Pitfalls of Private Equity Takeovers

You may have heard about this absurd story in the NYTimes a few months ago: An academic journal pulled a legitimate article comparing practice characteristics of groups that take on private-equity funding and those that do not. Why? Because a PE firm put the squeeze on their editor, that’s why:

In an interview, Dr. Hruza [the incoming president of the American Academy of Dermatology and board-member of United Skin Specialists, the largest PE-backed derm practice in the country] said he did not ask that the paper be taken down. He did, however, confirm that he expressed his concerns to Dr. Elston, the editor, after it was posted. Two days later, Dr. Elston removed the paper.

From the reporting in the times, this situation is absurd. If people have quibbles with the conclusions of a peer-reviewed article, then they should write a commentary. You don’t get to line-edit someone else’s manuscript.

Dermatologists account for one percent of physicians in the United States, but 15 percent of recent private equity acquisitions of medical practices have involved dermatology practices. Other specialties that have attracted private equity investment include orthopedics, radiology, cardiology, urgent care, anesthesiology and ophthalmology.

PE firms are following the money. However, their primary objective of extracting profit doesn’t necessarily equate with an understanding of how to actually run a successful, responsible, and sustainable medical practice.

Dr. Konda, [the paper’s lead author], said he first grew interested in the topic when several of his trainees went to work for private equity-backed practices and told him of clinical environments that emphasized profits at the expense of patient care.

 

With that preamble, check out this interview with radiologist and former PE analyst, Kurt Schoppe, MD on Radiology’s Nearest Threat, Commoditization, and the Misguided Notion That You Will Be Paid for Everything You Do.

 

Lots of excellent responses, but these three quotes give you a nice flavor of private-equity takeovers in broad strokes:

One of their favorite marketing lines is “physician-owned or physician-operated.” That’s really a misdirection because, frequently, they set up a holding company under which the physician group is a wholly owned subsidiary. Yes, the physician group is owned and operated by physicians, but it is not controlled by physicians because, as a wholly owned subsidiary, the parent corporation, or the holding company, is going to have absolute control. That holding company is not majority-owned by the physicians. The wording on the contracts is going to be such that the PE firm or the corporate entity is going to have control over the parent entity when it needs it.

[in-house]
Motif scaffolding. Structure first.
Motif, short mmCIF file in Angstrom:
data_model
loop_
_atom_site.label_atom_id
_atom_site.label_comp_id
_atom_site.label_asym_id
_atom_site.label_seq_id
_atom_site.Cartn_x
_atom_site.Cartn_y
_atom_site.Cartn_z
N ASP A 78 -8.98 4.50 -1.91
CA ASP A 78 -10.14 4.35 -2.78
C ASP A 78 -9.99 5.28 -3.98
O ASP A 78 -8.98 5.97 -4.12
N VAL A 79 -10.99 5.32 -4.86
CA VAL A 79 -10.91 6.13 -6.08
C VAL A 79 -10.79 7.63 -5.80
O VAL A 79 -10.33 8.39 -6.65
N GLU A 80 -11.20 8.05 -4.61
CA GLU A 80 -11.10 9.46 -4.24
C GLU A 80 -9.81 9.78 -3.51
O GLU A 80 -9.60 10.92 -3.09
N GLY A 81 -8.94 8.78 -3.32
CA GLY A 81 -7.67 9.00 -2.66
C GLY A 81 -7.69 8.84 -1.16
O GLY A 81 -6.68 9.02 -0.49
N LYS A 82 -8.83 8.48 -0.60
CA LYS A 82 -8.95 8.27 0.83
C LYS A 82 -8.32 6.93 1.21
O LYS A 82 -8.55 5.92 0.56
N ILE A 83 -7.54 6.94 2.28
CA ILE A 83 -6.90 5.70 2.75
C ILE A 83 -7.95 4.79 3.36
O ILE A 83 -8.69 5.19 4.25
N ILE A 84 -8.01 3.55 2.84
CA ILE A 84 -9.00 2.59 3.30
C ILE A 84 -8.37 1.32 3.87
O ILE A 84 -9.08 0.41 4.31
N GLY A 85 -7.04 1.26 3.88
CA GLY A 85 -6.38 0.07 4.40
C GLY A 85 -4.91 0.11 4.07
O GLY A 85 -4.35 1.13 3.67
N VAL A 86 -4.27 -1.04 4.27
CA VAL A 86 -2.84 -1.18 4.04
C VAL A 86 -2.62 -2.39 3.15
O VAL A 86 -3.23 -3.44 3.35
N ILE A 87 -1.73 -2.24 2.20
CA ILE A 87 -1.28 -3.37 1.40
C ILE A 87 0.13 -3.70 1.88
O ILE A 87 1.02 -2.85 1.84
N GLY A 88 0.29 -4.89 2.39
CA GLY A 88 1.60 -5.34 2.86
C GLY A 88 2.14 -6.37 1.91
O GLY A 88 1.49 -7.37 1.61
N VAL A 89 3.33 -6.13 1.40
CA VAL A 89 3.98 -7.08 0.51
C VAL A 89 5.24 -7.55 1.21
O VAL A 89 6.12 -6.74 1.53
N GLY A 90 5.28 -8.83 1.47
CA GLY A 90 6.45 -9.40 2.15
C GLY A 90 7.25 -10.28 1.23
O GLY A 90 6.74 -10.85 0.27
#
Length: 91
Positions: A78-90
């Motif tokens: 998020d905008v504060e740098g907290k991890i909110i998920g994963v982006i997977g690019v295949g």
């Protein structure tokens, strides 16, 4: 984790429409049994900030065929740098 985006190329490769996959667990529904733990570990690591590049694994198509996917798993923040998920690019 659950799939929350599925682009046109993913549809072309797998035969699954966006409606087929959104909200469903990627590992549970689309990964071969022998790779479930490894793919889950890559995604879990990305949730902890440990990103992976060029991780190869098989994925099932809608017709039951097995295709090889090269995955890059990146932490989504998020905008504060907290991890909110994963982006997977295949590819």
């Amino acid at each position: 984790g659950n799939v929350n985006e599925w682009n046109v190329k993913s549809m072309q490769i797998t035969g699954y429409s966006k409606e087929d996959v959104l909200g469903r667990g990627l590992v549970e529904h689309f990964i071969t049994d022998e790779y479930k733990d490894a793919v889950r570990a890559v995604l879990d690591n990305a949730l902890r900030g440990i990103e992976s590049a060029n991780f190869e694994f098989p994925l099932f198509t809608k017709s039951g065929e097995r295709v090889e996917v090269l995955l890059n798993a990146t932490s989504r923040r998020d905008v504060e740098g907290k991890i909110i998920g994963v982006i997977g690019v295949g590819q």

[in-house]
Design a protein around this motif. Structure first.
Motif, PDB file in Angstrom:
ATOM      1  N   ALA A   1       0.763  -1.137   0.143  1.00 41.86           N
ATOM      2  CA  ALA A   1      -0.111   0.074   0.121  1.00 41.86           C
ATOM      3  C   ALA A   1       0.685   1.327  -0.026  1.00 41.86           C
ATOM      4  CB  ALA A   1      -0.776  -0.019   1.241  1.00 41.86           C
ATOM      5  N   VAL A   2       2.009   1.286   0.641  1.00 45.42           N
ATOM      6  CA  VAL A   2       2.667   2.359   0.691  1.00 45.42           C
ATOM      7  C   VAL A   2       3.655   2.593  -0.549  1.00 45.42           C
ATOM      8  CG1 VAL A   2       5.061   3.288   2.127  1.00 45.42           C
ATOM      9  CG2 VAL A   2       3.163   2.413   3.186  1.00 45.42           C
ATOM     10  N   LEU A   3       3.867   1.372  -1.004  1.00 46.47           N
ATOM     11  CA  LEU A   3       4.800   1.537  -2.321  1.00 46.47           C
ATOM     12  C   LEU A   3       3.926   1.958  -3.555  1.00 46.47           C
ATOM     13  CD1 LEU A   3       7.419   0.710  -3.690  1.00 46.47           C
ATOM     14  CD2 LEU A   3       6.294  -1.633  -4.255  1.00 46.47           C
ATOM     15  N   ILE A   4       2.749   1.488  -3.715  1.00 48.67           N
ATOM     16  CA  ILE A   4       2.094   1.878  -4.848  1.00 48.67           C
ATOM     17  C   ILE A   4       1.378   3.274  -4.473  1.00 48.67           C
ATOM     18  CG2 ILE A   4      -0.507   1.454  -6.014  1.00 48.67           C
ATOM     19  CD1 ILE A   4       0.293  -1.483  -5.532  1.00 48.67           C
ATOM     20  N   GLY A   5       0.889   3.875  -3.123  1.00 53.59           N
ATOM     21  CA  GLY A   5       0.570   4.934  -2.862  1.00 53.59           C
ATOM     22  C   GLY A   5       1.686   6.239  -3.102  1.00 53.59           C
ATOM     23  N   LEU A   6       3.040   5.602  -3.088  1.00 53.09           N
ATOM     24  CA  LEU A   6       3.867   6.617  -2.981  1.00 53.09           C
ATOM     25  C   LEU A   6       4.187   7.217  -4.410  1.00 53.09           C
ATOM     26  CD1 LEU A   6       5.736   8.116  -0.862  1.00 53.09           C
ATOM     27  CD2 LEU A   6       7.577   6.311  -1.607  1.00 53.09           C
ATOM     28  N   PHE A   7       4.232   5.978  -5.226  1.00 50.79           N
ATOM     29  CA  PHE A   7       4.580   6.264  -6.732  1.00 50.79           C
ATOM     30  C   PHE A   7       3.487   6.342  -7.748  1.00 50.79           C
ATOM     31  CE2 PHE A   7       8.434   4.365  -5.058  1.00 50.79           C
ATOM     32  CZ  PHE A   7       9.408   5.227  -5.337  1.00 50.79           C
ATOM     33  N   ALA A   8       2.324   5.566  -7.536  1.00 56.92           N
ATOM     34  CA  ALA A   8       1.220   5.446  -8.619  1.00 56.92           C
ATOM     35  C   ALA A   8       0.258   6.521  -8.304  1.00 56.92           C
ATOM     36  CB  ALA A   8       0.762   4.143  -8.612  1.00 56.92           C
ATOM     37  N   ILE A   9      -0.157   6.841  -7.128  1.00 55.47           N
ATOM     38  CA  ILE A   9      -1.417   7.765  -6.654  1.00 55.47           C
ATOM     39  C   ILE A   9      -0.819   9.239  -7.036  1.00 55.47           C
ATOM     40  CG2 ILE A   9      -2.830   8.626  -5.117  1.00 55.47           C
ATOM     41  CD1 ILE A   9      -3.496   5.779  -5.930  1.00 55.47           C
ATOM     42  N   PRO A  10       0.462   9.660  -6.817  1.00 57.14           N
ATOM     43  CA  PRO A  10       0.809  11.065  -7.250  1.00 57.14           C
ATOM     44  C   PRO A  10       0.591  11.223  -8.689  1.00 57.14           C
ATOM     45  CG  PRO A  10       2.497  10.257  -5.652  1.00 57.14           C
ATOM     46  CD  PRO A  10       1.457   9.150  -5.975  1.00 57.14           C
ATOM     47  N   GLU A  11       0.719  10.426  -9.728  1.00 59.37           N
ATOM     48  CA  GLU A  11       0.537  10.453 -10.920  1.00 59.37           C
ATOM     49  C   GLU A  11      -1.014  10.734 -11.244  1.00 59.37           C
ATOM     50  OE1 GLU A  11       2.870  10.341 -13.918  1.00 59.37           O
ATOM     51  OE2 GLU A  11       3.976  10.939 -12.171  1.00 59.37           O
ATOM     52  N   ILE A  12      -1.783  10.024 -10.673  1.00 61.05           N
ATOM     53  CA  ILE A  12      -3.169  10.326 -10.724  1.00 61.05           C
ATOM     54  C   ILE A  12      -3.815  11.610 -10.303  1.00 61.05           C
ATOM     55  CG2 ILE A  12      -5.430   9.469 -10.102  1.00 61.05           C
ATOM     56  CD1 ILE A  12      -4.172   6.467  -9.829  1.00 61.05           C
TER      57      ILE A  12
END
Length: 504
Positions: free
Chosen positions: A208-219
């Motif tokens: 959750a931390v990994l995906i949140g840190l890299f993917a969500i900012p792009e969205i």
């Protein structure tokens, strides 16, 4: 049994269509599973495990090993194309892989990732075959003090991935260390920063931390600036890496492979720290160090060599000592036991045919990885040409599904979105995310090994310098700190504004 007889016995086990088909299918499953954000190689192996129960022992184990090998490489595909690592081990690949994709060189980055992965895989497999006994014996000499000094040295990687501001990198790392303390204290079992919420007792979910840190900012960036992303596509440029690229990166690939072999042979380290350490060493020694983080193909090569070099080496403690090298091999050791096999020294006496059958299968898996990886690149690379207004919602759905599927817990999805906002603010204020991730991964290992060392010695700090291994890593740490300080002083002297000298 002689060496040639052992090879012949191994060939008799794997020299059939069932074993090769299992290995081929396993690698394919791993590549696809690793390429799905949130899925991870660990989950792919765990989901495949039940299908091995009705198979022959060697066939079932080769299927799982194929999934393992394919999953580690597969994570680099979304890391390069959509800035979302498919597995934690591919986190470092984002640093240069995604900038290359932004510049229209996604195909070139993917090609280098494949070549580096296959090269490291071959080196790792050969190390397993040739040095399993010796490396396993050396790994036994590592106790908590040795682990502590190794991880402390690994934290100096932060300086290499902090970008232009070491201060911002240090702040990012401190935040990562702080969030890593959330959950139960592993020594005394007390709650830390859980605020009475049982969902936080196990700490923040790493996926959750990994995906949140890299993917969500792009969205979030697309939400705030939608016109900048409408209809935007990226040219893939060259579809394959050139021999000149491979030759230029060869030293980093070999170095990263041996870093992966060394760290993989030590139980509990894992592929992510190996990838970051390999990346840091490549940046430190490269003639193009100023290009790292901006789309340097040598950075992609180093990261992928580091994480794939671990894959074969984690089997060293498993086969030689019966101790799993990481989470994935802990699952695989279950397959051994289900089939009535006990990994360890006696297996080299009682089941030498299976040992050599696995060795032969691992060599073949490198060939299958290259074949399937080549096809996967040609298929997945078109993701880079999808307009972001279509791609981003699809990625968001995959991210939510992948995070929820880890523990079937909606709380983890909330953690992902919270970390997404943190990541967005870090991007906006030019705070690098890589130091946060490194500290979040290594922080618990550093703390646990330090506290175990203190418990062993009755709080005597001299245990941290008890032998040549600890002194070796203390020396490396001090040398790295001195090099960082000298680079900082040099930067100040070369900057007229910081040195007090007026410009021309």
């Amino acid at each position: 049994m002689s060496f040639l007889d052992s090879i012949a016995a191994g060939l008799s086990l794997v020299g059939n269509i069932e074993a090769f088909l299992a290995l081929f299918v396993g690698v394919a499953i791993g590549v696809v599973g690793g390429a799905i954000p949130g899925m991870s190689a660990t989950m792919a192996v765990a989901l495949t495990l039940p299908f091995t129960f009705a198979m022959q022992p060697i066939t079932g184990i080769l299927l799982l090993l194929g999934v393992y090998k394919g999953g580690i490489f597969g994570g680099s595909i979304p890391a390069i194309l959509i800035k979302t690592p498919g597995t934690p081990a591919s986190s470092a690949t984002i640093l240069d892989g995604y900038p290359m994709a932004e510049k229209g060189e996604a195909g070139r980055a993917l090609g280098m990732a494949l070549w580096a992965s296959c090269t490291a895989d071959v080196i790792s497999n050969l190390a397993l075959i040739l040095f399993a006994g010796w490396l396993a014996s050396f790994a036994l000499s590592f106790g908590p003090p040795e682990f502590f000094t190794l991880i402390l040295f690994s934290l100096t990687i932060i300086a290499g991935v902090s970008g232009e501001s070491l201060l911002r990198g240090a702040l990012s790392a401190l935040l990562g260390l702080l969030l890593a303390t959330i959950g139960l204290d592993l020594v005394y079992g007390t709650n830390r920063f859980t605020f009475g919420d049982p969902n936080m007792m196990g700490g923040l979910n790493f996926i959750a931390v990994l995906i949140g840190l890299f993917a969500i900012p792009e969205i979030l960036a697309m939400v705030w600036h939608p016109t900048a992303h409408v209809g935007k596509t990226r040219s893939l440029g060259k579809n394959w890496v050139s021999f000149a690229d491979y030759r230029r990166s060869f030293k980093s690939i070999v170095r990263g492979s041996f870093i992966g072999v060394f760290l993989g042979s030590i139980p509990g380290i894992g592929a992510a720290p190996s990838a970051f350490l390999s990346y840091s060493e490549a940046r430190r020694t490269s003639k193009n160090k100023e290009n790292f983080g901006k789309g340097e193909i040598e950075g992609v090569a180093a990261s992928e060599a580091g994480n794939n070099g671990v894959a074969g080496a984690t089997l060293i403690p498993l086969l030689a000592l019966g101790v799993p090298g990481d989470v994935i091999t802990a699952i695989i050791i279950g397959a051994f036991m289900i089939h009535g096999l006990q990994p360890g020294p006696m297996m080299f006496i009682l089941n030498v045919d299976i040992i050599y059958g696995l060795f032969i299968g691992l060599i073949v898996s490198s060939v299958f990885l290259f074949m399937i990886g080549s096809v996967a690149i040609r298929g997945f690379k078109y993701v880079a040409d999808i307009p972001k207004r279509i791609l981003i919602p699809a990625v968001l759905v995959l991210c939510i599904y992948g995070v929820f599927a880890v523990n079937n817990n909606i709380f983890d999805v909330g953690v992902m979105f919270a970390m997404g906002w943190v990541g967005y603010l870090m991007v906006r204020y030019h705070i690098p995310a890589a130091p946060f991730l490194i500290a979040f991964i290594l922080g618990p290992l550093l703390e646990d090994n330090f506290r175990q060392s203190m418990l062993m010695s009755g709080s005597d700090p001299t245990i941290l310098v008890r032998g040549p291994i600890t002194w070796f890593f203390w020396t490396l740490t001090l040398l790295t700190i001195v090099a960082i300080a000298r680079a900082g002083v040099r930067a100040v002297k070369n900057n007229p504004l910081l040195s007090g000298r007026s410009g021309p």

What I’m getting at is no matter what the marketing says, no matter what they are telling people when they are selling services, these entities must make money for their owners/investor as their primary objective. Changing the economics of radiology group ownership is not fundamentally about the patients or saving money for the payers. They do these things to make money for their investors. This is not a negative judgement, it’s just a fact. If physicians want to sell their practice, if someone is only 4 or 5 years from retirement, and they only have a 4- or 5-year hold on their contract after they sell their group, well, that is just logical. From a purely personal economic point of view, it makes sense for them to sell, because they are not looking at a 15- to 20-year timeline.

The people who need to look out for this are the people in training, the people coming out of training, and the younger physicians in the group who have a 15-, 20-, 30-year timeline. If your goal when you came out of medical school was caring for patients, positively affecting the health care environment, or doing things for the greater good, I think you are better able to do that as a physician group in which you decide, as a group, how much money you need to make, what sacrifices you choose to make, and for whom you will charge less. If you cede control of your decision-making to a group that will only be motivated by its ability to make returns for its investors, you’ve put someone else in that conversation who does not necessarily share your values and ethics as a physician.

Anyone joining a hot-bed field like dermatology or radiology needs to understand the business model of your chosen profession and evaluate the health of both the practice and local market you consider joining.

While partners may get short-term windfalls in some buyout scenarios, non-partner employees are the primary profit source. Spending time in a partnership-track without eventually being a partner is a waste if the position becomes untenable and you need to start fresh somewhere else.

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